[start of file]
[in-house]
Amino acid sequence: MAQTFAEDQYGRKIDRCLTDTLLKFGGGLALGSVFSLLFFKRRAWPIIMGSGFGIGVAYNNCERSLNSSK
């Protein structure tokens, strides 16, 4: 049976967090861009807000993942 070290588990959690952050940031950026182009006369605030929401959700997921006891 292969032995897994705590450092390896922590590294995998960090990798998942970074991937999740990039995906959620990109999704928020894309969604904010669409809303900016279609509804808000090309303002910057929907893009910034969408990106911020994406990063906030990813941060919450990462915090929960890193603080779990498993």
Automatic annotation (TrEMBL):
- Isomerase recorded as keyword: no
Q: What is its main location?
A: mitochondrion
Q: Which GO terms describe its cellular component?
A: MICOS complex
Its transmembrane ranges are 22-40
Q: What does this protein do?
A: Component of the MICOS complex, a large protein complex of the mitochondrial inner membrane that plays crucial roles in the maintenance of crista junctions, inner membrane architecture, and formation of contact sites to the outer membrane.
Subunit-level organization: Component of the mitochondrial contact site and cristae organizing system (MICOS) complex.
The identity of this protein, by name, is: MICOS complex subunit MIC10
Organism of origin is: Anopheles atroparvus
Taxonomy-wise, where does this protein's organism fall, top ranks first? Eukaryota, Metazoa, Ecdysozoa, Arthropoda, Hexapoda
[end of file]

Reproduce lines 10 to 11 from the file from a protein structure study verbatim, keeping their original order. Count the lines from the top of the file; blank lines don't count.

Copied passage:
Its transmembrane ranges are 22-40
Q: What does this protein do?